Pregnancy Checking Can Increase ProfitabilityWritten by Scott Lake
By Scott Lake, UW Extension Livestock Specialist
As we begin to move into late fall, most calves have been shipped. For cow/calf producers who have not taken advantage of video marketing or haven’t already locked in a selling price for their calves, monitoring the cattle market consumes much of our time and energy.
Preparations and plans are being made for managing these weaned calves. Should they be shipped to market straight off the mother? Should they be backgrounded? Does it pay to background? What should we feed them? These are all good questions that are being asked and need to be addressed at this time of year.
However, another management tool should be considered that can have immediate and long-term herd quality and financial ramifications, and that is pregnancy checking those cows.
After the cows have been out on pasture most of the summer, weaning usually presents a good time to visually appraise your herd and make culling decisions based on several factors including calf performance, cow age, body condition, structure and functionality, udder health and structure and, in some circumstances, disposition of the cow.
In the current economic environment with increasing costs of doing business at just about every juncture, it is important to decrease unnecessary expenses.
The minimal cost of having a veterinarian pregnancy diagnose a cow – between two and five dollars per head – is far outweighed by the cost of wintering a cow, which can reach upwards of $300 to $400 per head. However, a survey conducted by the National Animal Health Monitoring System (NAHMS) reported that less than 20 percent of cow/calf beef producers used any form of pregnancy diagnosis, including from palpation, ultrasound, blood tests and etc., in their herds.
Pregnancy testing earlier in the season, in August and September, allows for marketing open cows while the market is traditionally strong for cow prices.
Weighing the options
The market for cull cows traditionally begins to decline fairly rapidly by October and remains low until February or March.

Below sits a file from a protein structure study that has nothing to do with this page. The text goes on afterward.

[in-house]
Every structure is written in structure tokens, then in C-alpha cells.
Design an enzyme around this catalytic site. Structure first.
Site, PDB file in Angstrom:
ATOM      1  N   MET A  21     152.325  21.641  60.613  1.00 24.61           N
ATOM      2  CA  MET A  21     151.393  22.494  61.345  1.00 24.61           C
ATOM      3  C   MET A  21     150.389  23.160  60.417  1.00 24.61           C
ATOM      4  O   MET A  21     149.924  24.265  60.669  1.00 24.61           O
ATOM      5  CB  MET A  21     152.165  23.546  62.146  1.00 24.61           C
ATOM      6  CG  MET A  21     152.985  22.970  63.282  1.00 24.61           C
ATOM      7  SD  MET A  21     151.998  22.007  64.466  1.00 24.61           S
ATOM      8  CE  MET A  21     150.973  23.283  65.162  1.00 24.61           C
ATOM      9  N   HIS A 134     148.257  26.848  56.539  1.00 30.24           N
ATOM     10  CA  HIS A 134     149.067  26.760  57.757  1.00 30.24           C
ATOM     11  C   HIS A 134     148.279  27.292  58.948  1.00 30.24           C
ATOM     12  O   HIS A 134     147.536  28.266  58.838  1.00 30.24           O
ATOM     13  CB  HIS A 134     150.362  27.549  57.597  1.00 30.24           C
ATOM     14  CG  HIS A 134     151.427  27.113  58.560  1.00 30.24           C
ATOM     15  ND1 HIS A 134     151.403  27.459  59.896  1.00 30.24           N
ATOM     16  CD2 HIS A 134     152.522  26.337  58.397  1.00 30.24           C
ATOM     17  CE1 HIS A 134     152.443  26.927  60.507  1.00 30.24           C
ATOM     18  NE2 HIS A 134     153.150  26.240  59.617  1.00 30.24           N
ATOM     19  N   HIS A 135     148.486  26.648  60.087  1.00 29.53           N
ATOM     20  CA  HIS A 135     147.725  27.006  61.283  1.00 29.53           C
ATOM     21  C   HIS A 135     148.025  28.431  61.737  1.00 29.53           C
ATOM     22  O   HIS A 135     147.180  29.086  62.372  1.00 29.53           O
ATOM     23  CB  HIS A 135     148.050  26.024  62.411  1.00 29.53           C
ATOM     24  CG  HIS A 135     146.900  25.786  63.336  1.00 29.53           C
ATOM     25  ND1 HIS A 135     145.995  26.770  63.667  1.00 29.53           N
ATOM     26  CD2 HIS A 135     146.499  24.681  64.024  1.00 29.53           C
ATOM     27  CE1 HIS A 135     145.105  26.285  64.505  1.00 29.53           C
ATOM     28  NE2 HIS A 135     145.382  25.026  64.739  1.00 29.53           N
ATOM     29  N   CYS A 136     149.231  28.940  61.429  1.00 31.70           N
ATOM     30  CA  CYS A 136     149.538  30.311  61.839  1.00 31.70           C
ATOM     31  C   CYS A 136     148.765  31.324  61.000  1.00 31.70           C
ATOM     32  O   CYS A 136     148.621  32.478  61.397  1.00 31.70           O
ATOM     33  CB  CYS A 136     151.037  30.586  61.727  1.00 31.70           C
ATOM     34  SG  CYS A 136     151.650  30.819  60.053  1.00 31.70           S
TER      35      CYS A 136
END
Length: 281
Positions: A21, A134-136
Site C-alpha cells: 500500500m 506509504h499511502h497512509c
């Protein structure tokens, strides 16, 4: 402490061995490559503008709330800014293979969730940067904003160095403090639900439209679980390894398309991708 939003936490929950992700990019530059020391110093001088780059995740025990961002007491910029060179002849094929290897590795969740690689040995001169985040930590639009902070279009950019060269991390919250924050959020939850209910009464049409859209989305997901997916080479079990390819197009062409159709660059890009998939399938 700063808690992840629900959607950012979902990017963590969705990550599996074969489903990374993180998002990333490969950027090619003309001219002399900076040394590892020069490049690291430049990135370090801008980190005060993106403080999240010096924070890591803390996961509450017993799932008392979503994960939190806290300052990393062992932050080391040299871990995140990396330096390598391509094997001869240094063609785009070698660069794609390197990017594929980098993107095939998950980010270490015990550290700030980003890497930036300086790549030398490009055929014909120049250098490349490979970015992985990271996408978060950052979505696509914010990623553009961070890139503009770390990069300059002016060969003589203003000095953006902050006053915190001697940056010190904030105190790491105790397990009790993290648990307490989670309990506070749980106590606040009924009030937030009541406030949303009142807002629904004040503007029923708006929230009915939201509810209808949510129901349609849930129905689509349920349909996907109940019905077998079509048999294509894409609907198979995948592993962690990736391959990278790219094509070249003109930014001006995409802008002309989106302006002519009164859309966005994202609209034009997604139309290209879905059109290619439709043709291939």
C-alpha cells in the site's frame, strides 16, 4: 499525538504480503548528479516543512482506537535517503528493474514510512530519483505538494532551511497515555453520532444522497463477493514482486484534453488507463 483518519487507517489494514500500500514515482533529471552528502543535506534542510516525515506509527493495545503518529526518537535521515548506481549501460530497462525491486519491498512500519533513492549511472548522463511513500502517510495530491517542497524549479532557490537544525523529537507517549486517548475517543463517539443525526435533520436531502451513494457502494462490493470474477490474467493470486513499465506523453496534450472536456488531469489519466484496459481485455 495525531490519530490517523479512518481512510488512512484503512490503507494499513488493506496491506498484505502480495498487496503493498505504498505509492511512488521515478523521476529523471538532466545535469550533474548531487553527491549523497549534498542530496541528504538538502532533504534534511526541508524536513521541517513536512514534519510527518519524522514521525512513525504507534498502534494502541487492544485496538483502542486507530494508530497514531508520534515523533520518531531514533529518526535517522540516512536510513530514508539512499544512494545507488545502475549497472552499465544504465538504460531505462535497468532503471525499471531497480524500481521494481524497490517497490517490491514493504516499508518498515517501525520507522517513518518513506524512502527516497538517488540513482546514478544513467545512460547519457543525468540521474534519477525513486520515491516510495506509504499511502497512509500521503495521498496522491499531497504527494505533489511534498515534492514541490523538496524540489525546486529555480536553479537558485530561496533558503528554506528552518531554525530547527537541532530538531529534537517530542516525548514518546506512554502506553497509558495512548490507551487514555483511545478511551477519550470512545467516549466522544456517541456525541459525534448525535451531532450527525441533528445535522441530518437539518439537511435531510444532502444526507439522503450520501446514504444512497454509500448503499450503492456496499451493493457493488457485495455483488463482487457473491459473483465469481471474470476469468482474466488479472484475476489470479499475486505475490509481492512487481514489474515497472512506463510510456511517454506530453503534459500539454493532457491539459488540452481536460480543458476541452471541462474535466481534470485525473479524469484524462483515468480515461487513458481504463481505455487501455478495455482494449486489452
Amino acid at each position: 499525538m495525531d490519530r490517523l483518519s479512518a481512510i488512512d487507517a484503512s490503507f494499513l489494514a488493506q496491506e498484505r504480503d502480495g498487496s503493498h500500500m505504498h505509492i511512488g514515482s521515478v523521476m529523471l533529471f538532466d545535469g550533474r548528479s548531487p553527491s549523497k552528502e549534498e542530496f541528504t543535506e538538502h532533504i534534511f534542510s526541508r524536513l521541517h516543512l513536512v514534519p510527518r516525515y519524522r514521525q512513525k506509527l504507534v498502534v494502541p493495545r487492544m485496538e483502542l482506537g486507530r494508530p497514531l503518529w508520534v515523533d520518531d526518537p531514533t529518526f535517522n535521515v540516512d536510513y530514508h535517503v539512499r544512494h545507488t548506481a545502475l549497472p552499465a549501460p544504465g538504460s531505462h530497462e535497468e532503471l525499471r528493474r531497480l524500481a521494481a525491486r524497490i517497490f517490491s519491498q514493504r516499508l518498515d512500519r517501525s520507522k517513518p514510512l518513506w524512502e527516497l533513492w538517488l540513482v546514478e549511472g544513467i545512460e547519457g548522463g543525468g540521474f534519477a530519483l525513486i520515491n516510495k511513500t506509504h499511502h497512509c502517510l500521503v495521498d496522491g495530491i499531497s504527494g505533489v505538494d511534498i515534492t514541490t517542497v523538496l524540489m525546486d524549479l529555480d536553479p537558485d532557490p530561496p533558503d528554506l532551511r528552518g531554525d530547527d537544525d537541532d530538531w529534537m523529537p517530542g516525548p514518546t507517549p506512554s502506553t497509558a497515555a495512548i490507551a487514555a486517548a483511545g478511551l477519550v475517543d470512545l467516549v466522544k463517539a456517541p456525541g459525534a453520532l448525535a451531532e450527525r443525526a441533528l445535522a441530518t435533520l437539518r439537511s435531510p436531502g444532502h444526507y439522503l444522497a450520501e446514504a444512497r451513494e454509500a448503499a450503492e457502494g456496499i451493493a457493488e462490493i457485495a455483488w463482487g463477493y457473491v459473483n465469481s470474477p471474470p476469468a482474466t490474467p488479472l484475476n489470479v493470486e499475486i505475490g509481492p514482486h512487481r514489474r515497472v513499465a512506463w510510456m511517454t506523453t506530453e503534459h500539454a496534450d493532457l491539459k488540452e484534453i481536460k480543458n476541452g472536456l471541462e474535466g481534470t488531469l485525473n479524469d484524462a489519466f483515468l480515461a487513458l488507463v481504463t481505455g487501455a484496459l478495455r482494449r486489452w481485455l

Some producers may opt to market their cull cows in early spring to take advantage of increasing market prices. However, because the market is higher earlier in the spring than late fall, it does not necessarily mean profitability is higher by keeping those open cows.
For example, historical CattleFax data suggests that there is, on average, about a $0.10 per hundredweight shift in cull cow prices from fall to spring, meaning the same cow may be worth up to an extra $150 if sold on a higher market. The cost to maintain a cow for the 180-day period between market shifts will cost upwards of $200 in feed costs alone, thus offsetting any advantage realized in the market.
In some scenarios it makes sense to feed open cows and sell at a higher market. However, opportunity costs of the feed, or the opportunity to sell the feed at a higher value than will be returned by feeding a cull cow, need to be considered to maximize profit potential.
Pregnancy testing is a management tool the can provide valuable information beyond the traditional open or pregnant status.
Age determination of the fetus can give producers a good idea of how many cows will begin to calve in a certain time period.
Additionally, age of the fetus can give insight into potential management problems within the beef herd.
For example, if the majority of cows are not bred within the first heat cycle, whether AI or bull bred, the herd management program should be evaluated. Issues that can cause cows to breed late in the breeding season include cows being in less than adequate body condition, vitamin and mineral deficiencies, disease, bull fertility, inadequate postpartum recovery time or time between calving and start of breeding, and insufficient bull power or cow to bull ratio, which can be dramatically affected by pasture size.
The single biggest reason cows don’t breed or breed later in the breeding season is because they are not cycling when the breeding season begins. And the single biggest reason that cows are not cycling when the breeding season begins is due to nutrition. Proper nutrition will go a long way to ensure that the cows will have a timely and successful breeding season.
Research has demonstrated that cows that calve later in the calving season are more likely to fall out of the herd in subsequent years due to being open.
Fertility is obviously a desired trait that should be propagated within the beef herd. Therefore, keeping cows that are bred early in the breeding season and culling cows that continually breed later in the season will improve your overall herd fertility, increase average age and, therefore, size of calf at weaning, increase uniformity within the calf herd and ultimately help increase marketability.
Pregnancy testing is one of the least expensive management tools available to beef cattle producers. The information gathered can be extremely useful in increasing the quality of their cowherd and improving profitability. If a large percentage of the cowherd are breeding late or are open, consult a veterinarian and a nutritionist to see where your herd management plan can be improved.